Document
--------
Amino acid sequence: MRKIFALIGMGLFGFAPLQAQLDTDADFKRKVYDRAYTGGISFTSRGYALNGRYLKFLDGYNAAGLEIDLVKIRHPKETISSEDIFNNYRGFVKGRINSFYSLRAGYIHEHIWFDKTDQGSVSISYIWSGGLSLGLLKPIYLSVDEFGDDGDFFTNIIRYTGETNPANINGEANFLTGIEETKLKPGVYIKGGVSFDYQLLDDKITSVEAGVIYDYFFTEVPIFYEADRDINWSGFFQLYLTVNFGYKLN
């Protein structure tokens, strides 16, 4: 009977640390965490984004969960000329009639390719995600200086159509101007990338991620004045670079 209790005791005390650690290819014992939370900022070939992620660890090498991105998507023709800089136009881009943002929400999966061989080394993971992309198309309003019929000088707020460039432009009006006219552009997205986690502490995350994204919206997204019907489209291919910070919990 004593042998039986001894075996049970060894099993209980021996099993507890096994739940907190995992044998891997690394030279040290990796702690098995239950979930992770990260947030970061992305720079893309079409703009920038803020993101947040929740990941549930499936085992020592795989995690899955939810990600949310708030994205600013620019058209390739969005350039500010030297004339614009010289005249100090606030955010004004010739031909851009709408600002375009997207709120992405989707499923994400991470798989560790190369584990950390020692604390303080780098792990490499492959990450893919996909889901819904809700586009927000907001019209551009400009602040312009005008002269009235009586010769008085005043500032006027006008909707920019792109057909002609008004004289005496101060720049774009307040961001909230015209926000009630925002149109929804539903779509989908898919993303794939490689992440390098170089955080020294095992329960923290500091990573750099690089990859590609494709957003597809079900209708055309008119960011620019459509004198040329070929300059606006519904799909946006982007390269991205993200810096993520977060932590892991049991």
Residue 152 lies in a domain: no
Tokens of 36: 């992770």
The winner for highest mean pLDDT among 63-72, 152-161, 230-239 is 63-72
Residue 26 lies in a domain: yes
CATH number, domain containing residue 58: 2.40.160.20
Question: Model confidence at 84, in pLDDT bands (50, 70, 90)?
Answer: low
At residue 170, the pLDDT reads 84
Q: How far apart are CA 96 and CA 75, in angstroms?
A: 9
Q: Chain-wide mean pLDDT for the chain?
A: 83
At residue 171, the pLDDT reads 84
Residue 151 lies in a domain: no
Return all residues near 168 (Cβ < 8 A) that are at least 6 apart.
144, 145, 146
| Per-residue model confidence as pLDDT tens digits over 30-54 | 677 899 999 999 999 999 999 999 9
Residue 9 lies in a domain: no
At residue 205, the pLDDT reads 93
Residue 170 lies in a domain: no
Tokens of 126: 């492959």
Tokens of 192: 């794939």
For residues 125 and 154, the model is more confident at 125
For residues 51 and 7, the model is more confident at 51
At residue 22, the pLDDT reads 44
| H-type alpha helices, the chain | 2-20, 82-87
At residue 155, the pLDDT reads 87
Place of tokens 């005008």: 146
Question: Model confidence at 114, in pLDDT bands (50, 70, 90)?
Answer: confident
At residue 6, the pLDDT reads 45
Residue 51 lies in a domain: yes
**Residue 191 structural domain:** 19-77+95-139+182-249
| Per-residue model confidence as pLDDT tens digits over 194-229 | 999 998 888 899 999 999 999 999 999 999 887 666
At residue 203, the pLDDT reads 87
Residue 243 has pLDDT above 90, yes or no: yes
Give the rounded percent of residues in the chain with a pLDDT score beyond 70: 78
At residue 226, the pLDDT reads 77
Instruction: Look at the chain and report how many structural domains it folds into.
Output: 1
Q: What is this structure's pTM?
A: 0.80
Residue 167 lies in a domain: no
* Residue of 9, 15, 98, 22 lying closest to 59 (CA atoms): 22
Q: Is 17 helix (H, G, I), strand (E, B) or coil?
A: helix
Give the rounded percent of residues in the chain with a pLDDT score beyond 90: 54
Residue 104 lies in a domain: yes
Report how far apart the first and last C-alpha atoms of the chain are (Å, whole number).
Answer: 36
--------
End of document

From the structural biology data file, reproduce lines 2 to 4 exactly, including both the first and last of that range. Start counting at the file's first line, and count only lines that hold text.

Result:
């Protein structure tokens, strides 16, 4: 009977640390965490984004969960000329009639390719995600200086159509101007990338991620004045670079 209790005791005390650690290819014992939370900022070939992620660890090498991105998507023709800089136009881009943002929400999966061989080394993971992309198309309003019929000088707020460039432009009006006219552009997205986690502490995350994204919206997204019907489209291919910070919990 004593042998039986001894075996049970060894099993209980021996099993507890096994739940907190995992044998891997690394030279040290990796702690098995239950979930992770990260947030970061992305720079893309079409703009920038803020993101947040929740990941549930499936085992020592795989995690899955939810990600949310708030994205600013620019058209390739969005350039500010030297004339614009010289005249100090606030955010004004010739031909851009709408600002375009997207709120992405989707499923994400991470798989560790190369584990950390020692604390303080780098792990490499492959990450893919996909889901819904809700586009927000907001019209551009400009602040312009005008002269009235009586010769008085005043500032006027006008909707920019792109057909002609008004004289005496101060720049774009307040961001909230015209926000009630925002149109929804539903779509989908898919993303794939490689992440390098170089955080020294095992329960923290500091990573750099690089990859590609494709957003597809079900209708055309008119960011620019459509004198040329070929300059606006519904799909946006982007390269991205993200810096993520977060932590892991049991």
Residue 152 lies in a domain: no
Tokens of 36: 């992770």